Wednesday, April 15, 2009

UNC Students Silence Opposition

Supporters of liberty are accustomed to having their freedoms abridged by professors and administrators, whether it be in the form of biased course offerings and curricula, speech codes, or a variety of other, more subtly suppressive measures. But when it's students who seek to impose ideological homogeneity, the affront cuts that much deeper.

Students at the University of North Carolina - Chapel Hill did just that when Tom Tancredo, a former Congressman who ran for president on an anti-immigration platform, was invited to speak at the university on the issue of the eligibility of illegal immigrants for in-state tuition benefits. As the local news outlet reports:
Protesters interrupted his speech, stretching out a banner in front of him that read, "No one is illegal." Tancredo grabbed the banner and confronted one of the people holding it.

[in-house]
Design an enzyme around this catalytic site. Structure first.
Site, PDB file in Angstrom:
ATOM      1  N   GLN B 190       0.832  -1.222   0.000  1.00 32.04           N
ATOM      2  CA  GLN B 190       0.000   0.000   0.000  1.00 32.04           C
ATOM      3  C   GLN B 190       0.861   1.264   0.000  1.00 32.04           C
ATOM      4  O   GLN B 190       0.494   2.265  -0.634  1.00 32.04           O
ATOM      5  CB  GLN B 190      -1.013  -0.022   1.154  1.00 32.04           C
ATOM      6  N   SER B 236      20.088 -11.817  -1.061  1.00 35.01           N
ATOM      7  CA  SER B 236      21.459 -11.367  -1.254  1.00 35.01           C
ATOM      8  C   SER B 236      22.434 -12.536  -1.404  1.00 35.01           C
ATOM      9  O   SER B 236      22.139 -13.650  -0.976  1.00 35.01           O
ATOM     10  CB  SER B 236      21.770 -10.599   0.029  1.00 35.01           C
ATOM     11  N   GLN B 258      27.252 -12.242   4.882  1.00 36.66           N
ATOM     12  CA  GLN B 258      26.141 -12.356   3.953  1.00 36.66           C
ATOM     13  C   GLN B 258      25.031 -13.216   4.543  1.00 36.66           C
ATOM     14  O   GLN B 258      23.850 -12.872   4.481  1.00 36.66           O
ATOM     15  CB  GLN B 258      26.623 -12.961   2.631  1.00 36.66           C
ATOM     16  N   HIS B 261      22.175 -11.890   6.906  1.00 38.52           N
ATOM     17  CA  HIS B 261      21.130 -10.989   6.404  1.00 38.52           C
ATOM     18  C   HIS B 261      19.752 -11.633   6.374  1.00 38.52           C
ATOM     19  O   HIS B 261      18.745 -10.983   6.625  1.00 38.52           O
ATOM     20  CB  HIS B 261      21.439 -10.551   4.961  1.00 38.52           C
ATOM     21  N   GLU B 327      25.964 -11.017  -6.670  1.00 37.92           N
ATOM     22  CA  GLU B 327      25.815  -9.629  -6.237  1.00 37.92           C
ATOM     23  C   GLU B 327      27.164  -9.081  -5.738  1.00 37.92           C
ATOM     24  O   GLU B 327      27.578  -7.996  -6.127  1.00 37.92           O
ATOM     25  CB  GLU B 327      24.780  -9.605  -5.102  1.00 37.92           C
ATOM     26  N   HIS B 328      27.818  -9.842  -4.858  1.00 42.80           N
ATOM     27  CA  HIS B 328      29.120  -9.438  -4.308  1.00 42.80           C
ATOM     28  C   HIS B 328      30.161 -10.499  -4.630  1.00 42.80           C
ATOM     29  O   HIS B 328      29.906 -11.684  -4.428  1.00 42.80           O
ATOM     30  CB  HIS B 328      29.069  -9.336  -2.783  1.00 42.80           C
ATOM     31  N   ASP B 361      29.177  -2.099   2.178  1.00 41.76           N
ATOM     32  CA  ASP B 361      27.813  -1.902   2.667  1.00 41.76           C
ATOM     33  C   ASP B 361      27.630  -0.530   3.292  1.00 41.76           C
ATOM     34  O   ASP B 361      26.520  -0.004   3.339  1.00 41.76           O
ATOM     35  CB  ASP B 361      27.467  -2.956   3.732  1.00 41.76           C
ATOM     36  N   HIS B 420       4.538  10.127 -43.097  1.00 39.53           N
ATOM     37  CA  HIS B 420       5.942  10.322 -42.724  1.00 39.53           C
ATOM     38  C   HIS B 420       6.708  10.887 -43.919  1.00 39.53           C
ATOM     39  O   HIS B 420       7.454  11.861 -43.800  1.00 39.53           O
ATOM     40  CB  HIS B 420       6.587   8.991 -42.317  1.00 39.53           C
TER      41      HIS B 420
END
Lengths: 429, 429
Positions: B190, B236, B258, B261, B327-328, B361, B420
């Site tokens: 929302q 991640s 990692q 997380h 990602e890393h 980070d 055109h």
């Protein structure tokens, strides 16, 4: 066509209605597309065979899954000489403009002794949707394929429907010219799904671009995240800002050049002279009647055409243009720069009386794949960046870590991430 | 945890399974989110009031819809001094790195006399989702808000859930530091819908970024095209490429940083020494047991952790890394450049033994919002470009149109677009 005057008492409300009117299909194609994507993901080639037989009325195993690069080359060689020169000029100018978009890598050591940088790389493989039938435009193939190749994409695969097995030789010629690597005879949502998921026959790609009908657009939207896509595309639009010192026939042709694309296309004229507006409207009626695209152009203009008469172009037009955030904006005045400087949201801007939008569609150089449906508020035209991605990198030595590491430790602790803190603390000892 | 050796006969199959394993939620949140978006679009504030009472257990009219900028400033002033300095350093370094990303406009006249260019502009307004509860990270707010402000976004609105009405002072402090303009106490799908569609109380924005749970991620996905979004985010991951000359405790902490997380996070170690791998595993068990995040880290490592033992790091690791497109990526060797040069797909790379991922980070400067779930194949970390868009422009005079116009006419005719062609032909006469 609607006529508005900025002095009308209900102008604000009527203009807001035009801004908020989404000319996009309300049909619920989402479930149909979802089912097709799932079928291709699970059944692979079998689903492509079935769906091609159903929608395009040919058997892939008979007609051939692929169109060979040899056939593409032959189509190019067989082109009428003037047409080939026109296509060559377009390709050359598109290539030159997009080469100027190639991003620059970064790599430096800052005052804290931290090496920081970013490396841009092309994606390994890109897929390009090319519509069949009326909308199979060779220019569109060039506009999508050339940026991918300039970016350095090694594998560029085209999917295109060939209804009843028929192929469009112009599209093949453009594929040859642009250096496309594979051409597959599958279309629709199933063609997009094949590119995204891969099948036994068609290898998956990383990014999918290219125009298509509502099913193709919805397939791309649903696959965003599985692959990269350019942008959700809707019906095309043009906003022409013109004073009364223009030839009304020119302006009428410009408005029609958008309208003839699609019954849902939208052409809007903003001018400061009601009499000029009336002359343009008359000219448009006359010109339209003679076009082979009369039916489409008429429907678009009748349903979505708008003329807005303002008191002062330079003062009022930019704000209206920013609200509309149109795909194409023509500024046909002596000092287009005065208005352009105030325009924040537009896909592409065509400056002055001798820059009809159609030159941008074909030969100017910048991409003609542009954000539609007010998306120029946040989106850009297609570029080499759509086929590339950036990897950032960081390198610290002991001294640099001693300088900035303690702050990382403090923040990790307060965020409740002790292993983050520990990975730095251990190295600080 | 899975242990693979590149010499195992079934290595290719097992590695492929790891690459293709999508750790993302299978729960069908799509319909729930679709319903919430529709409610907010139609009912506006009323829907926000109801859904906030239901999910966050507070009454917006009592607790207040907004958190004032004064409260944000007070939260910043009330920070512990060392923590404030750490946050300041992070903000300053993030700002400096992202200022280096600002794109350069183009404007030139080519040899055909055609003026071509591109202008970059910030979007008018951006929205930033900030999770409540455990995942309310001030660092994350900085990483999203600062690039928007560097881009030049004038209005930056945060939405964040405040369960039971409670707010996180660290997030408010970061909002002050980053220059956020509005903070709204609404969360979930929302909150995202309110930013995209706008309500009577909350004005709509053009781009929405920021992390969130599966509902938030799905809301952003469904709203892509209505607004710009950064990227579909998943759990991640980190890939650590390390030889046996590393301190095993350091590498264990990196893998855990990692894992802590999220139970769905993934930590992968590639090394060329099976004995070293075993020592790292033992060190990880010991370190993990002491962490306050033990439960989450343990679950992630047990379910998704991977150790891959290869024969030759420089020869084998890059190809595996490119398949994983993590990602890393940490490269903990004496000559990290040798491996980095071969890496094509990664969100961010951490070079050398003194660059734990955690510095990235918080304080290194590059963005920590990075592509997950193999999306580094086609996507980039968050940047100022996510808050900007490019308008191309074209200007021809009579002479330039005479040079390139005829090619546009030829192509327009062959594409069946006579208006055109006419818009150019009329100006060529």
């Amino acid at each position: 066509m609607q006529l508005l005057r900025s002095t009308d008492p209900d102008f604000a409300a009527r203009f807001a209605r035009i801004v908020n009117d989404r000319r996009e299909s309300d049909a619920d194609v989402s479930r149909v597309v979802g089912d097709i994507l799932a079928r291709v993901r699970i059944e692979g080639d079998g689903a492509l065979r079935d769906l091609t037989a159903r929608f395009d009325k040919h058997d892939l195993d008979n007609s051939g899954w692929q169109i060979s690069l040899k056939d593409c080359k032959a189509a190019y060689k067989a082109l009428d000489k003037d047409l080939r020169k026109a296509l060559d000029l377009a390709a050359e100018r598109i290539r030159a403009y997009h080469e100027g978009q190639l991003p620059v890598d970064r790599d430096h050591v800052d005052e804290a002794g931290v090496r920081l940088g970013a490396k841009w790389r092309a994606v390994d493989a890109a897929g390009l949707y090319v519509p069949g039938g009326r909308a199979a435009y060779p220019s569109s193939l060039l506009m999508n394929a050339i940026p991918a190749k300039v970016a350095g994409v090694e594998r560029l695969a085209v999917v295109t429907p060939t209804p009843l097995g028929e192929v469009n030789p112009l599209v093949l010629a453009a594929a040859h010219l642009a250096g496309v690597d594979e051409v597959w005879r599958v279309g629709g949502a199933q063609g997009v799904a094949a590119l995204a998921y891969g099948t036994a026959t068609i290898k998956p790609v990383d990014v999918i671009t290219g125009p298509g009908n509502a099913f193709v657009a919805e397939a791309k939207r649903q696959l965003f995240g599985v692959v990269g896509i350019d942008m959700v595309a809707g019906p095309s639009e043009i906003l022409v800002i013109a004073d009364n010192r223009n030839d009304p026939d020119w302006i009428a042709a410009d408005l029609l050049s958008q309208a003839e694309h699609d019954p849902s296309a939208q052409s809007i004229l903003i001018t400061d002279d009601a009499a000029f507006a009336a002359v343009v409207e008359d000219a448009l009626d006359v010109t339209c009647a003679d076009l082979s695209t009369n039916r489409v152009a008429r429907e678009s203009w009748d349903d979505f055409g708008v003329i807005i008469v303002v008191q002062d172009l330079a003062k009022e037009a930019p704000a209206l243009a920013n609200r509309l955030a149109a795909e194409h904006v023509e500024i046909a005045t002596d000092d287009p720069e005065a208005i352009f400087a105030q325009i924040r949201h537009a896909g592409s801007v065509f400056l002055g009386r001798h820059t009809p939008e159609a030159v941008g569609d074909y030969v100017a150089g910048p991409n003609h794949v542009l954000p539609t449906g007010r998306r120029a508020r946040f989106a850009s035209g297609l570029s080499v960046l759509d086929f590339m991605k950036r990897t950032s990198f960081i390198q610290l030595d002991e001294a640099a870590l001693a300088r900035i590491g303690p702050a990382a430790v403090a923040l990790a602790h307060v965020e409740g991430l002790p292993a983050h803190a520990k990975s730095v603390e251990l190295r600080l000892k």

Then there was the sound of glass shattering. A window was broken by more opponents outside. As the situation escalated, Tancredo left.

While there is certainly much to find distasteful about Mr. Tancredo's views, it provides no justification for hindering his freedom to express them. Indeed, this story illuminates the importance of libertarian and conservative students engaged in campus activism being civil and respectful in debate, and engaging opposition on an intellectual, rather than an emotional, plane. As Voltaire so eloquently put it, "I may disagree with what you have to say, but I will defend to the death your right to say it."

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